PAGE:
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20 January 2016
Airbnb, with listed accommodation in more than 57 000 locations across the globe, is another online success. It doesn’t own any hotels, but is currently valued at more than $20 billion.
Likewise, Facebook reaches 1.55 billion readers and has a market value of more than $250 billion. Yet it generates no content of its own and operates very differently from a traditional publishing house.
While using a complete stranger’s car or private residence was previously only for a niche market, smart online user design and a mechanism to monitor and publicly rate both the host and the traveller have opened up an entirely new experience to mainstream travellers. Tourists report that they feel like locals when they live and move around like locals.
The trend has been coined the ‘sharing economy’ and the businesses in this industry operate on a few simple principles. They connect people who need a product or service with those willing to supply it; they do not supply this service themselves or keep stock in a warehouse. They all rely on quickly reaching critical mass among tech users and on protecting their brands, once established.
Naspers is currently the largest stock on the South African stock exchange. It is also the biggest shareholder in Tencent, a Chinese tech company, which – like Uber and airbnb – owns few tangible assets. Well, that is relative to its market cap, which lies somewhere between that of Facebook and Amazon (an online trader that owns no shops). It is also playing in the same league as Facebook and Alibaba in terms of annual revenues and profits.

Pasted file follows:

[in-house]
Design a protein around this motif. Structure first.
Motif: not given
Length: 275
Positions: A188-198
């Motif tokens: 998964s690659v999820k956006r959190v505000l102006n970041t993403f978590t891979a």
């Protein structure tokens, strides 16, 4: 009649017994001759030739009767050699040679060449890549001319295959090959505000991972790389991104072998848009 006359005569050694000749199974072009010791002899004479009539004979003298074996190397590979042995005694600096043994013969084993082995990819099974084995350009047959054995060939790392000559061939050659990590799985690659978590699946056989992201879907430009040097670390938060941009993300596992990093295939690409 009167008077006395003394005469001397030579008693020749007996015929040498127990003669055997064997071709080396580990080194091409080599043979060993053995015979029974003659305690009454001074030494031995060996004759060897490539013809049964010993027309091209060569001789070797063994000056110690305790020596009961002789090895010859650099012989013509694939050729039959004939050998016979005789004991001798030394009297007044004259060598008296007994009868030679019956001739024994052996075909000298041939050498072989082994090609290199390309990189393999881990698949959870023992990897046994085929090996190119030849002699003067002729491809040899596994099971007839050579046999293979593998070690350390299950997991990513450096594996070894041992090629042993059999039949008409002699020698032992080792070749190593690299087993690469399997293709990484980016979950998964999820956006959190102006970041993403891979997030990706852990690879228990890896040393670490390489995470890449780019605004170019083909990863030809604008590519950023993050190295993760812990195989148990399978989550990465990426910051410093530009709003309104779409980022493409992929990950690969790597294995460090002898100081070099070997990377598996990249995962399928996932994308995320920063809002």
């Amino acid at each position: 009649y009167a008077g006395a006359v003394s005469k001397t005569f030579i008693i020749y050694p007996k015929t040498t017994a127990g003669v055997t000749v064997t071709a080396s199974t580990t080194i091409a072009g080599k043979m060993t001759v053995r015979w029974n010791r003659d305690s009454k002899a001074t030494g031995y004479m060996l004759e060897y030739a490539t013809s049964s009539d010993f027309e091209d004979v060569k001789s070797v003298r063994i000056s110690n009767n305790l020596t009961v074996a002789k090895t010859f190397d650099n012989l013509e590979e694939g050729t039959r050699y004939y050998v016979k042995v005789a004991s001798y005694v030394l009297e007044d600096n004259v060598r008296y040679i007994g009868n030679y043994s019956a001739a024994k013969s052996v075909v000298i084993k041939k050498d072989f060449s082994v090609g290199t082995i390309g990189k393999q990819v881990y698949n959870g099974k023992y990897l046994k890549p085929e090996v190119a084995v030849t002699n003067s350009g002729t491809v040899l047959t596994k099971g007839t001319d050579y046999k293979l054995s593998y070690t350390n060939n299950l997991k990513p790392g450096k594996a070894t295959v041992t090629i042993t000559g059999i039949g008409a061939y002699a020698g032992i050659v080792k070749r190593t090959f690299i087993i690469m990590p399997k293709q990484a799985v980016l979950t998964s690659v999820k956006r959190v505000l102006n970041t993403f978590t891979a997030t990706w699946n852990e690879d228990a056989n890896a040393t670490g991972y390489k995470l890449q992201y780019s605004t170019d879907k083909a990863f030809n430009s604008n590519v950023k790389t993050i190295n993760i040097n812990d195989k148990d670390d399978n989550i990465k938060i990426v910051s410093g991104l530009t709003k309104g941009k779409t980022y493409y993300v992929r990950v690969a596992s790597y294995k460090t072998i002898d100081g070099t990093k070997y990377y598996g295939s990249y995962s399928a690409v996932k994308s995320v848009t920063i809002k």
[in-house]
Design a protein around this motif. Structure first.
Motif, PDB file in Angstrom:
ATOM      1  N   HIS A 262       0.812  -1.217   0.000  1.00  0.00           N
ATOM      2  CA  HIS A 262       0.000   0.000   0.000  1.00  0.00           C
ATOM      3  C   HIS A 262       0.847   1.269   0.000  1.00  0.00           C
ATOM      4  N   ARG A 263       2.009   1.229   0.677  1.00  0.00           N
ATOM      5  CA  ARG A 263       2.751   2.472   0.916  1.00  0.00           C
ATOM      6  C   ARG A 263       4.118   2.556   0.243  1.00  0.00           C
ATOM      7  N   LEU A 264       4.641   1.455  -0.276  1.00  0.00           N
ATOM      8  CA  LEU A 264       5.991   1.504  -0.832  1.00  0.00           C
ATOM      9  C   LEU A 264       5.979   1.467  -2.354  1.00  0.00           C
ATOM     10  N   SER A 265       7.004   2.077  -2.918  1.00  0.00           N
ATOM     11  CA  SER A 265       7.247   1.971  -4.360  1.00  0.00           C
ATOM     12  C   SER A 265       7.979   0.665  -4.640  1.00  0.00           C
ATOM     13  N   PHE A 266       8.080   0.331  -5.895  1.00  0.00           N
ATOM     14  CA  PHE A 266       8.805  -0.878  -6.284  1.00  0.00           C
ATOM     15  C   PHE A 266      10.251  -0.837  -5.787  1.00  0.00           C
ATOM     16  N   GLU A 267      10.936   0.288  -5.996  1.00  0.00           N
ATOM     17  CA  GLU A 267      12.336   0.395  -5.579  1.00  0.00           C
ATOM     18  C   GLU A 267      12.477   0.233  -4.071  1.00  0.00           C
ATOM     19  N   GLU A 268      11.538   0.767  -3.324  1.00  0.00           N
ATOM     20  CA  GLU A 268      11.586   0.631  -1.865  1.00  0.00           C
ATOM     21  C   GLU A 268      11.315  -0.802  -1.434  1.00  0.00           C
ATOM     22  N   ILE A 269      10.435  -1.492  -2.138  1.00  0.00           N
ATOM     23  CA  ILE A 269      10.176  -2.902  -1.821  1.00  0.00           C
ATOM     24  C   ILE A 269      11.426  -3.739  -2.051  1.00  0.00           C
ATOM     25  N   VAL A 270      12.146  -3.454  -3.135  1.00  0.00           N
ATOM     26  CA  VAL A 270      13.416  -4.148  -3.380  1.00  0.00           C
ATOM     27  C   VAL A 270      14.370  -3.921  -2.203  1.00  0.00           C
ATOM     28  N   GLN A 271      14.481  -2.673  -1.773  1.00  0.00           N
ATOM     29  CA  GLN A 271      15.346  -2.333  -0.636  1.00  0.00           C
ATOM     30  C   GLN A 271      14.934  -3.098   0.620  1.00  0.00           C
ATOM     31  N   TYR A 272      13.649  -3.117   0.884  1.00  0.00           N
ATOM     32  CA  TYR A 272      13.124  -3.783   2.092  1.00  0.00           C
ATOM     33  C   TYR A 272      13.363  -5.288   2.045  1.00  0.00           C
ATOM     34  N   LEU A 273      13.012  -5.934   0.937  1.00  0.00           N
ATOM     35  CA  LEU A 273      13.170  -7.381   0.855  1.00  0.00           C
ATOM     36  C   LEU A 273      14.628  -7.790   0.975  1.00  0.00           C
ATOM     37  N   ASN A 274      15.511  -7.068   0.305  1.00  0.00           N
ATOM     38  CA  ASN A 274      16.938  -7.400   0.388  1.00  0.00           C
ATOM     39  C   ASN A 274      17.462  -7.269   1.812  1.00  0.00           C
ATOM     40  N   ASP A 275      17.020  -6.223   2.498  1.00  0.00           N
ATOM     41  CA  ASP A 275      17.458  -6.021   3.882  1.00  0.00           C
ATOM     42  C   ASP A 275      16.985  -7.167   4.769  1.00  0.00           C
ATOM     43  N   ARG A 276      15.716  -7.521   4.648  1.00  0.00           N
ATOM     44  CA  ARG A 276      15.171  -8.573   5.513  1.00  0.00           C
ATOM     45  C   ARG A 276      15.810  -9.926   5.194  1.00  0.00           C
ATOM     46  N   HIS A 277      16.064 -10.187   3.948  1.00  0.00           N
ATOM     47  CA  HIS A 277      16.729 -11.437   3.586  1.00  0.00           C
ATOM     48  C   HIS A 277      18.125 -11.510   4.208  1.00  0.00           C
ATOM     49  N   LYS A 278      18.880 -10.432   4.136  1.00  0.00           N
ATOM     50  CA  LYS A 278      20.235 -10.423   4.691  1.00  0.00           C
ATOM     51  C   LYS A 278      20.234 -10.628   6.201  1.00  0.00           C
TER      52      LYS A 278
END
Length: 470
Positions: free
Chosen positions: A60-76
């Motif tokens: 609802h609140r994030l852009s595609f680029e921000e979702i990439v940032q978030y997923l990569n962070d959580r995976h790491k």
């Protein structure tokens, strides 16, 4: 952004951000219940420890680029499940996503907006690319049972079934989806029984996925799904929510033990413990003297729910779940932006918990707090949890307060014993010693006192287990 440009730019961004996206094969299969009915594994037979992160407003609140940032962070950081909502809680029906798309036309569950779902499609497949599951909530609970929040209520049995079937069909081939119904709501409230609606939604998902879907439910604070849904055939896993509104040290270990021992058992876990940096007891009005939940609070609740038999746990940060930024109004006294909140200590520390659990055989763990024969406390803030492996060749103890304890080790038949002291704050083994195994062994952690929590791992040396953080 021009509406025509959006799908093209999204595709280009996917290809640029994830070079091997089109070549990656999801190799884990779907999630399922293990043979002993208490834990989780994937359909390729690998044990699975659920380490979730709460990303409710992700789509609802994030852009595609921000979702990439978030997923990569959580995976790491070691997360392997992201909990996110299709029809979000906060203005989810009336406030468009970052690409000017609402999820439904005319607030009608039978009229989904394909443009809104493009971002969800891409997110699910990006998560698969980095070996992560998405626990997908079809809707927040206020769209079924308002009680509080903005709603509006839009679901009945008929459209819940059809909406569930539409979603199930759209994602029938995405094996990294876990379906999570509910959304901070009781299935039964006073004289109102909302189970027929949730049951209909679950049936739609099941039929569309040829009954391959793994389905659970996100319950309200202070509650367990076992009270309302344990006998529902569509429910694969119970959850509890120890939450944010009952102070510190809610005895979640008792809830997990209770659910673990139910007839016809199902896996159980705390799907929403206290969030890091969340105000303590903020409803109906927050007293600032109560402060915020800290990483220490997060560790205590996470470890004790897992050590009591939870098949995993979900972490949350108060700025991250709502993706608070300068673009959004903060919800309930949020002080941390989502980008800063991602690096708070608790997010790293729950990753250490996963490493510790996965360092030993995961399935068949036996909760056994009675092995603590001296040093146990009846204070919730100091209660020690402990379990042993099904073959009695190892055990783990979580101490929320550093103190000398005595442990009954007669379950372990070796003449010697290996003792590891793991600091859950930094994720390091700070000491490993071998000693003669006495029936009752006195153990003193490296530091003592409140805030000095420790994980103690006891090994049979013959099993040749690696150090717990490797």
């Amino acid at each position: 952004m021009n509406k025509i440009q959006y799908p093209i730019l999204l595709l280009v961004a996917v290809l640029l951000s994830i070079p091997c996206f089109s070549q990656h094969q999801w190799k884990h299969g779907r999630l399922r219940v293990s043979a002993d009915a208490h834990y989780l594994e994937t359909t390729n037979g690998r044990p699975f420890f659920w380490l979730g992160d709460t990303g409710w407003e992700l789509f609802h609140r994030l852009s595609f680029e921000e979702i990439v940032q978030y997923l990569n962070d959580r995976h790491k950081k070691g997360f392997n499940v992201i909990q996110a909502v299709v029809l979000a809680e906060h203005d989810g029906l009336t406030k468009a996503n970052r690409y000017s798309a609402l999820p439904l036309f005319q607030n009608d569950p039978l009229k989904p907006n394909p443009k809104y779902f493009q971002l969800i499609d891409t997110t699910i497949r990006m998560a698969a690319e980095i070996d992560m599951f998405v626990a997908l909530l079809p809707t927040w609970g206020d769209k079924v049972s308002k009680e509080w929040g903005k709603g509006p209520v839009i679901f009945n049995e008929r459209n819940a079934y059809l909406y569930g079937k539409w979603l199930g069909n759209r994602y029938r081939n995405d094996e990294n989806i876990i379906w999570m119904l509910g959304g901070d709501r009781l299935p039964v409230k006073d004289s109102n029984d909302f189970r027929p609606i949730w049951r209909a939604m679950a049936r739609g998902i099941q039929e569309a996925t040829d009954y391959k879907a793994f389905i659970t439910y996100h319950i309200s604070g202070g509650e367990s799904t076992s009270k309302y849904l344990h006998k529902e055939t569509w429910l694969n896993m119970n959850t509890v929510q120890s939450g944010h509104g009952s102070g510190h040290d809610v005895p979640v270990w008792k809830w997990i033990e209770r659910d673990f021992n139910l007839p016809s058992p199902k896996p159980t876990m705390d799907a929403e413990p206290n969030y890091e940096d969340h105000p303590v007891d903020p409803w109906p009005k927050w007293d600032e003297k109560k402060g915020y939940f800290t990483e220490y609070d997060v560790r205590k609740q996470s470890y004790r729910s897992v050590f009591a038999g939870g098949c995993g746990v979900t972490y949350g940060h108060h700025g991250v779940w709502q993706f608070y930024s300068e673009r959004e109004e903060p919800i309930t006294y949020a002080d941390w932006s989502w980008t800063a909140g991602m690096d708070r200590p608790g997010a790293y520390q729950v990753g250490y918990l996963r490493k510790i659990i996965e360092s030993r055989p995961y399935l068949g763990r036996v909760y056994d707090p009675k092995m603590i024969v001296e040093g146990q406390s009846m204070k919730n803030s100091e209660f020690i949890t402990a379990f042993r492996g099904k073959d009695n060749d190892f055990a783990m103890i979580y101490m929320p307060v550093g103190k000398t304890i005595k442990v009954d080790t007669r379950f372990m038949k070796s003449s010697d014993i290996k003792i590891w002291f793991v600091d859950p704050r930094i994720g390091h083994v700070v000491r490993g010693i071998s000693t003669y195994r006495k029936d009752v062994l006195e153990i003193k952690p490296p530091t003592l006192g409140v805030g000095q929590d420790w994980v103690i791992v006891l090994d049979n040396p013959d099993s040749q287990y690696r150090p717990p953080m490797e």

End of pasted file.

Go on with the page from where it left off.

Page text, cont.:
To put things in perspective: Tencent’s market value passed the $200 billion mark in April 2015. Naspers paid only $50 million for its 34% stake!
The digital economy has spawned companies whose principal asset is not the factory from which it manufacturers products but the large number of customers it has accumulated over time. The internet has enabled companies to penetrate market segments which previously would have been uneconomic to serve through traditional physical channels. The services that a Tencent, for instance, renders are wide ranging – spanning online gaming, communication, online shopping and even financial services direct to the mobile phone. Such varied services allow internet companies access to various revenue streams and, in addition, they’re able to make even more money by allowing other companies to advertise their services to an ever growing captive customer base. By conservatively valuing these various cash flow streams, you can then arrive at a value for such internet-based plays.
It’s important to not factor in growth from yet-to-be launched services in your valuation. Of course, the risk is that some new entrant disrupts the online player but that’s where having a leading position provides an almost unassailable edge. And if you’re worried that an internet firm may be just a fad, what about their bricks and mortar rivals who may not even realise that they are about to be disrupted?